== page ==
[00:20:14] I I’m everywhere. I’m looking everywhere else but at, at the person I’m talking to. So you start, I started becoming aware of these sort of things across, geez. I didn’t even realize that’s what I did. And you know, I remember one in particular was saying, you know, any stimming behaviors, so stimming would be, you know, repetitive, you know, you might be rubbing your fingers or your neck, or, you know, any sort of thing.
[00:20:32] I was like, no, no, no, not. And now over the last few months, I was like, I find myself. I was like, I didn’t even, oh, I didn’t even know I did that, but I, but I catch myself on it. Mm-hmm and I, and I look back then of, you know, taking things quite literally. And it’s like, no, I never, never did. But when I look back over every single relationship I’ve been in, I remember arguments in every, in every one of those relationships going, you know, and it’s, and I would say, but, but that’s not what you said.
[00:20:58] It’s like, but that’s not what I. Like, [00:21:00] but that’s not what, what you said was, and they’re like, but that’s not what it meant.
[00:21:03] Well, if that’s not what you menat, why did you say, and it caused the arguments the whole time where I was so pedantic and caught up on the explicit words that they were saying.
[00:21:12] whereas obviously they were talking about the subtext and its like, no, it’s the meaning underneath that? It’s like, well, why didn’t you say that? Mm-hmm you know, and, and you look back and you go, ah, okay, all right. That’s that’s what that was there it is, you know? Yeah. And then jobs, jobs I was in before I was in this profession and even this profession, it suited to me.
From Fixing Watches to Fixing People
[00:21:31] I was like, what are the jobs I studied the longest? What were the jobs I was happiest in before I was to put myself to a college, I used to fix watches. I was in an office on my. Happy out, throw on a podcast, throw on some music. I’m fixing watches. I I’m, I’m faced with a problem and it’s fixed. And autism’s like, I love that.
[00:21:47] That’s brilliant. Look at how watch it wasn’t working now. It is brilliant. So I went from fixing watches to quotation art, “fixing people”, another job. I, I drove forklifts and you know, you were left in the, forklift, you were up and down the aisles. It was like same thing. And the fork [00:22:00] truck left on my own listening to some music, happy days.
[00:22:03] Jobs I didn’t do well where I’m dealing with loads of people. You know, and you’re working with personalities and stuff like that. And that’s how, you know, that’s kind of how I stayed in private practice. The plan was always, I’ll go to private practice. So I’ll get my I’ll fulfill my accreditation hours and then I’ll go into a service, started working for myself, I was like, oh, hang on. This is great. This is just me and one other person at any given time. Yeah. I choose my hours. I choose basically the clients. This is just, this is made for me. so I stuck at it. Made, made a career over. Yeah.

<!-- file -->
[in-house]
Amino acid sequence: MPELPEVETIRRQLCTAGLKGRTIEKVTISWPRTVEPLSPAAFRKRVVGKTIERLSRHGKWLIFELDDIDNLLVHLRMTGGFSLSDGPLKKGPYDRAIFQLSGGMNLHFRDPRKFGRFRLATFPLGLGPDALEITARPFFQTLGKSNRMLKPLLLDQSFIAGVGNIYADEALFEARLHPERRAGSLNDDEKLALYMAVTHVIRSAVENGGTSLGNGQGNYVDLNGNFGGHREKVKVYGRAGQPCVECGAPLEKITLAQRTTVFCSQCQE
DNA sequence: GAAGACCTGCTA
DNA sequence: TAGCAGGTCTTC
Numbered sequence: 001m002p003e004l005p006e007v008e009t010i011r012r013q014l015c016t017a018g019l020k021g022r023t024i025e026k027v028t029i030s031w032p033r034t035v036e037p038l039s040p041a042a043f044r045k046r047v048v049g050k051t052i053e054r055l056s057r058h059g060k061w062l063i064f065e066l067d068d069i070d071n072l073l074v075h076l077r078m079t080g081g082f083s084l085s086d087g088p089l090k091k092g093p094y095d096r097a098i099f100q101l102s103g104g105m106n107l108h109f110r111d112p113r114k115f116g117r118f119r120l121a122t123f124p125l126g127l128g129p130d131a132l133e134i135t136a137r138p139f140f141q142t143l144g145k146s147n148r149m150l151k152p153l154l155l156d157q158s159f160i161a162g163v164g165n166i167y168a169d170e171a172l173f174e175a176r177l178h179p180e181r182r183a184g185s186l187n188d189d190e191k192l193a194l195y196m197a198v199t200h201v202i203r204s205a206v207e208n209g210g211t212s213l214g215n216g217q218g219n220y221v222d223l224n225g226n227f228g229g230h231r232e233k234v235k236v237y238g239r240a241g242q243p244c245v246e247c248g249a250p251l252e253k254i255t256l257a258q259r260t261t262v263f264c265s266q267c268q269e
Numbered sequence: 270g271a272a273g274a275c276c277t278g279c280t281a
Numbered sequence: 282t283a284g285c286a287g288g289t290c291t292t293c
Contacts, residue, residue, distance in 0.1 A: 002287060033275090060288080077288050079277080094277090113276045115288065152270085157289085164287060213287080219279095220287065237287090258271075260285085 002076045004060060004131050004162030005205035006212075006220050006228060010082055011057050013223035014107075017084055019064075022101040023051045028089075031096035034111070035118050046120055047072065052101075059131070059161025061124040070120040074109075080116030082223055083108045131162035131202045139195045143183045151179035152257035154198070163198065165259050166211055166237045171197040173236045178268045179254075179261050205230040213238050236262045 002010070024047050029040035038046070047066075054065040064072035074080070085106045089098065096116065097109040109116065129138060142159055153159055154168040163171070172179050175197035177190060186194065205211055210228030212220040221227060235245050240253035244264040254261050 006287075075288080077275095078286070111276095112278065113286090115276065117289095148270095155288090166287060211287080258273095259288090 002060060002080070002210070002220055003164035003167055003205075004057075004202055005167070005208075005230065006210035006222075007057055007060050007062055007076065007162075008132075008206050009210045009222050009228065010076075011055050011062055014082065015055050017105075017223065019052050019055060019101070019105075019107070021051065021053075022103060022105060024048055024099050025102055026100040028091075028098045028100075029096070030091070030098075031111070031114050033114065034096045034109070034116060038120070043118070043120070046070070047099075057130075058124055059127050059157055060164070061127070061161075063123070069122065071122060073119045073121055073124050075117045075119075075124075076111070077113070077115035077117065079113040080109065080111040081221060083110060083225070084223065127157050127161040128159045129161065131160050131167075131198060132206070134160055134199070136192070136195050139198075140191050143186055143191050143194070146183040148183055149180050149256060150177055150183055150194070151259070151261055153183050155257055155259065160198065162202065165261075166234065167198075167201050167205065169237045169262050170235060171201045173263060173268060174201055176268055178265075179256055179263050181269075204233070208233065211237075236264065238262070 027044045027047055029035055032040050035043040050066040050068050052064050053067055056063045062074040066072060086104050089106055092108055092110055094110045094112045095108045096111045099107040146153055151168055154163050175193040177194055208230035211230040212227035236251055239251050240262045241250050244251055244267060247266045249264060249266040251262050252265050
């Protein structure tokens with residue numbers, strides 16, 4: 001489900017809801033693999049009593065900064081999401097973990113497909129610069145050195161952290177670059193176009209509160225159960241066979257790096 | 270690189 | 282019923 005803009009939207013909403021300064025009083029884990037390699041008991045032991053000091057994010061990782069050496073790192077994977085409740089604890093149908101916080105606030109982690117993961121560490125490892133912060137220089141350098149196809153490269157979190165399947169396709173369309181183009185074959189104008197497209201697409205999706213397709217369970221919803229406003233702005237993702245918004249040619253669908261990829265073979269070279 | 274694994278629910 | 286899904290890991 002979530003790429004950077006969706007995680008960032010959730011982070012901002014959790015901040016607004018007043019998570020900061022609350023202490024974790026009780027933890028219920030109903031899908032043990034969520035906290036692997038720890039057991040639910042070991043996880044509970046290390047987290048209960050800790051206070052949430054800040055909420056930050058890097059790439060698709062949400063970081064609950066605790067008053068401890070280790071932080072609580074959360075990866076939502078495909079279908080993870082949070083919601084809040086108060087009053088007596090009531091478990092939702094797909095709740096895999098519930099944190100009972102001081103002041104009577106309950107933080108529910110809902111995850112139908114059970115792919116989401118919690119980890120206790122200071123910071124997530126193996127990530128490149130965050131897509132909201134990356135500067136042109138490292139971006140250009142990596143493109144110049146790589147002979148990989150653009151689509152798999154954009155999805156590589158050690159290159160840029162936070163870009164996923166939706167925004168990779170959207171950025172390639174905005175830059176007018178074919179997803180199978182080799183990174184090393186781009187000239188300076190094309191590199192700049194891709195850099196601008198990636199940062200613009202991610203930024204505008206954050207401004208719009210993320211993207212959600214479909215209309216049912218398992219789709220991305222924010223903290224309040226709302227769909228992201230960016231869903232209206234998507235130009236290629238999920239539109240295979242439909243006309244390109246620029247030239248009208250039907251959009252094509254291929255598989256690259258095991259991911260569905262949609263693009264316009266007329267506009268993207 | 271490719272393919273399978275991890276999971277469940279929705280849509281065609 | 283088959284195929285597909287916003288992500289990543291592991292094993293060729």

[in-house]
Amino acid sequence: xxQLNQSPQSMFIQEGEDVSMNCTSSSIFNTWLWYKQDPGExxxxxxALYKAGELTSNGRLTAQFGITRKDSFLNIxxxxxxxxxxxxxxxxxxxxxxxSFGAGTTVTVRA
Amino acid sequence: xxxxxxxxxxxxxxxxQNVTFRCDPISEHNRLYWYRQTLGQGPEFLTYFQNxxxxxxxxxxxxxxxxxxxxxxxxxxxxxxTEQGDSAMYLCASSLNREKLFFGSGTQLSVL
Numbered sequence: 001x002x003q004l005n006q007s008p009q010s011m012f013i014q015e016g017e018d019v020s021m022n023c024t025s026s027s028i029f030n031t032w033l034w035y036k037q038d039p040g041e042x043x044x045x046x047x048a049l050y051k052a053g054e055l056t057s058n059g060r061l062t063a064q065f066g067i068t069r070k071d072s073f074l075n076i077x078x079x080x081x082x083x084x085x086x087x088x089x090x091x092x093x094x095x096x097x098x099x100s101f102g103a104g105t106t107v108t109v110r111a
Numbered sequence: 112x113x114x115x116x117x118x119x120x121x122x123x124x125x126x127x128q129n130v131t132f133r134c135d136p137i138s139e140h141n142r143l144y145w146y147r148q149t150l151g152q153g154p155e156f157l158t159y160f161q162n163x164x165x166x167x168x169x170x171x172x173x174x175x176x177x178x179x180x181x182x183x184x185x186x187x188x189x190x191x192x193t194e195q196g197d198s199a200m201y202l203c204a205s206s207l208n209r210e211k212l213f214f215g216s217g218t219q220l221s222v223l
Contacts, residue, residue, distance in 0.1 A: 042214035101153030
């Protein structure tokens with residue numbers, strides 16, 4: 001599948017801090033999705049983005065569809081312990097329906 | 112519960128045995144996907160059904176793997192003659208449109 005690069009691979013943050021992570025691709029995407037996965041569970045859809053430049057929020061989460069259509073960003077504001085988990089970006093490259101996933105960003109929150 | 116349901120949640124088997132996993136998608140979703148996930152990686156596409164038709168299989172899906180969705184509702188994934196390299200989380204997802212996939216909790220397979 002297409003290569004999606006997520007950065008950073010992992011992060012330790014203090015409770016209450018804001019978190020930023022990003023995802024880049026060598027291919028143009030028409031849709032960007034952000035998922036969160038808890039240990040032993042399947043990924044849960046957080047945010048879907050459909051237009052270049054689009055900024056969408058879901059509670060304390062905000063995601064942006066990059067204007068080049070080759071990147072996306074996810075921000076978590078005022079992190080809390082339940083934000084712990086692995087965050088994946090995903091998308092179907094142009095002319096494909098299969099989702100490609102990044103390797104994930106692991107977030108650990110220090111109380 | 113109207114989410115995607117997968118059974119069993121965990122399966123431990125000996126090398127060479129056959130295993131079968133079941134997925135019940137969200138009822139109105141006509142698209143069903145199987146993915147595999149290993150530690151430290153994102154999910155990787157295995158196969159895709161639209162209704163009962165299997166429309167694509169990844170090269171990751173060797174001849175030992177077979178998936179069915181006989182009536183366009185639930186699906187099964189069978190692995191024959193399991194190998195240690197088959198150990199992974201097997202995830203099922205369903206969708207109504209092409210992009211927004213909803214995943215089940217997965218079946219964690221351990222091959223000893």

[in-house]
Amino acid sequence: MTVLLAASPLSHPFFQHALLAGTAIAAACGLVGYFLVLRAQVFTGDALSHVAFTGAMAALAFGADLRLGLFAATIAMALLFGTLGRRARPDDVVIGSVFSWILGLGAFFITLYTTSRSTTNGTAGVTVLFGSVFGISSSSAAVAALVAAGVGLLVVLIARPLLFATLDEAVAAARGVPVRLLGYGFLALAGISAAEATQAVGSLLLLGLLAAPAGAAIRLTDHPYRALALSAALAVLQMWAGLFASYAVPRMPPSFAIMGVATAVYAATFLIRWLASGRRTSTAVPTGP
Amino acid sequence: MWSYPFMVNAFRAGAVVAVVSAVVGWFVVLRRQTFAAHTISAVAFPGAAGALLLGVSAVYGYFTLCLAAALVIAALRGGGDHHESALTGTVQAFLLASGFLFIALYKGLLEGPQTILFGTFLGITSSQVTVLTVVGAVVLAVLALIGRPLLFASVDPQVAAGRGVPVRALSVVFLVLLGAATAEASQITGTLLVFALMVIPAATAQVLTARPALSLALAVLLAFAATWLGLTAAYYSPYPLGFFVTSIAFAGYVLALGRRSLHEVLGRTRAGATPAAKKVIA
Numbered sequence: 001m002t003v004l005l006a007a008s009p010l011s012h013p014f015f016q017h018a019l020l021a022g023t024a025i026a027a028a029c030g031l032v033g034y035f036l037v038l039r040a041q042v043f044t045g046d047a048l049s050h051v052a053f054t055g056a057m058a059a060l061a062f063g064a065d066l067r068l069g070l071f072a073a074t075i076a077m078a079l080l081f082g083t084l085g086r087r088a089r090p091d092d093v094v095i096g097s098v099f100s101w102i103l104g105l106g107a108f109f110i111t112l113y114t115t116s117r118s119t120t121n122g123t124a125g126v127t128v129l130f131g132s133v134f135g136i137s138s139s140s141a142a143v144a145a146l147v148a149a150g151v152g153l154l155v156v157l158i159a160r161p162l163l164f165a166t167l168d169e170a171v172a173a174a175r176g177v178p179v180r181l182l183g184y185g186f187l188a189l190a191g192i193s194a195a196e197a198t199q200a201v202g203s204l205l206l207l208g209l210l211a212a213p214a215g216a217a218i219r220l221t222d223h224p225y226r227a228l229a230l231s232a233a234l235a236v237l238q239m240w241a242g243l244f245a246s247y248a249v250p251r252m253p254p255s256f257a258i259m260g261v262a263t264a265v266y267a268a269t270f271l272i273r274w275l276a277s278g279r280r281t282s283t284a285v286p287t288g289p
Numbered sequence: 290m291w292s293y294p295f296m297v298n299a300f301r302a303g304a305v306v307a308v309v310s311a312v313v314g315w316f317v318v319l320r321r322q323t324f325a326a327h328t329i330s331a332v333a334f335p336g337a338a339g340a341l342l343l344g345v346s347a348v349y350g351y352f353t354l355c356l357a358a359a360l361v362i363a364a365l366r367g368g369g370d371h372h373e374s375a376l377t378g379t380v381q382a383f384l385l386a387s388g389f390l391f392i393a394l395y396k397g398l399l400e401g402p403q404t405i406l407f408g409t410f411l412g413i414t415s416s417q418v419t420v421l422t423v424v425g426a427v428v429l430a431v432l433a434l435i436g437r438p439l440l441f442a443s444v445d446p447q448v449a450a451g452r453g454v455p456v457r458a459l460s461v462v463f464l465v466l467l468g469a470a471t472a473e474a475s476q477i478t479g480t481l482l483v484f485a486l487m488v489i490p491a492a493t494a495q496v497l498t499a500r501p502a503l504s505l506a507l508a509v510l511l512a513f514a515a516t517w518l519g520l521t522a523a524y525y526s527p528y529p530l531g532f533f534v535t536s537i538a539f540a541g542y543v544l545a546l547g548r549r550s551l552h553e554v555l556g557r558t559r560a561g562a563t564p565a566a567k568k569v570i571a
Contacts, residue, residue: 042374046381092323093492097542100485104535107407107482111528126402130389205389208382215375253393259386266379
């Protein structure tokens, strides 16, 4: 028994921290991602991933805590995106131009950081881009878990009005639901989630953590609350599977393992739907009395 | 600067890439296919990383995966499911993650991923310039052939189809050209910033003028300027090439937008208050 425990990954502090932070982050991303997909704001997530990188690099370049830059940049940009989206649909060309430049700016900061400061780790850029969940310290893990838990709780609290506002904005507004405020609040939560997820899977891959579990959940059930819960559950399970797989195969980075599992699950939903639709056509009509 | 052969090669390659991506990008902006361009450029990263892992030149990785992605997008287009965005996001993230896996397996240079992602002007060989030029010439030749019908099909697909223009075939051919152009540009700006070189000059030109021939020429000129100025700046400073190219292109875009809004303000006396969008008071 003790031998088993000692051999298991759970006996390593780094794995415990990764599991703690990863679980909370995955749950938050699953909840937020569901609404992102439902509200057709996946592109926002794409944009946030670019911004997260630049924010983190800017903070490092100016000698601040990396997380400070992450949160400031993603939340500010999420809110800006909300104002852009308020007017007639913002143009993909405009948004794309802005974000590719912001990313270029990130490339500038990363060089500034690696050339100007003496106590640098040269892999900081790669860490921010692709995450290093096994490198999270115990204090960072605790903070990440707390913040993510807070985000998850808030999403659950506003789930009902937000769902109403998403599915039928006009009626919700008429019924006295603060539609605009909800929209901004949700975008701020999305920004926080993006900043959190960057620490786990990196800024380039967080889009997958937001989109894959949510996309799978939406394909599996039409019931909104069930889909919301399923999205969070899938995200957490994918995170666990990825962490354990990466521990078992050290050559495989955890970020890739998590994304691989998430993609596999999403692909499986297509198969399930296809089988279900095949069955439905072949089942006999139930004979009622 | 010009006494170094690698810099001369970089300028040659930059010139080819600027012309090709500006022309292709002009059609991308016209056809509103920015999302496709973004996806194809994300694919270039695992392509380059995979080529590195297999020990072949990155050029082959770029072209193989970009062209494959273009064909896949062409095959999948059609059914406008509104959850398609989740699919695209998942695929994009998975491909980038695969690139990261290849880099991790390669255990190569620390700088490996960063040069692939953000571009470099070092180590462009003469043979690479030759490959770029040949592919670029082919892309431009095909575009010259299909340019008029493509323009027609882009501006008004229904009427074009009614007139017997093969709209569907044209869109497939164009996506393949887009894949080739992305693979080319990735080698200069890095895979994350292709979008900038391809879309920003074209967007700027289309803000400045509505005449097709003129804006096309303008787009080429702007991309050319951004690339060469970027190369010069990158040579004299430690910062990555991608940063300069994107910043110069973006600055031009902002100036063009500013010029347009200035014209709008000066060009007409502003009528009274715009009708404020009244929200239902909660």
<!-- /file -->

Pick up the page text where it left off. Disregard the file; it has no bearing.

[00:22:39] Miriam: Oh, good for you. I love the things you’re sharing. I understand what you’re talking about. And nobody who works for themselves ever stops working for themselves. If they can make ends meet, like it’s just too good of a gig. Yeah. But I appreciate your vulnerability and the way that you’re sharing these things. I know within my listening [00:23:00] base, people are going, oh, I do that. I do that. I do that.
[00:23:05] It may be that they’re on the spectrum a little bit here or there, or it may not. But the, I think the validating thing that I’m hearing you say, first of all, having some sort of label helped you go, “I’m not crazy. I’m not broken. I’m not deficient. This is a thing.” Mm-hmm, , mm-hmm , this is a thing that people struggle with and I’m okay.
[00:23:25] Okay. Now that I know that it’s a thing. How can I help me? What do I need to do to help me be the best version of me?
[00:23:32] And what a relief to find something that you can do that is nurturing to that part of yourself instead of working against that part of yourself.
Make Your Strengths Superpowers
[00:23:45] One of the business principles that I was reading about at one point was saying, instead of trying to make your weaknesses, like, bring your weaknesses up into strengths, why don’t you make your strengths into superpowers?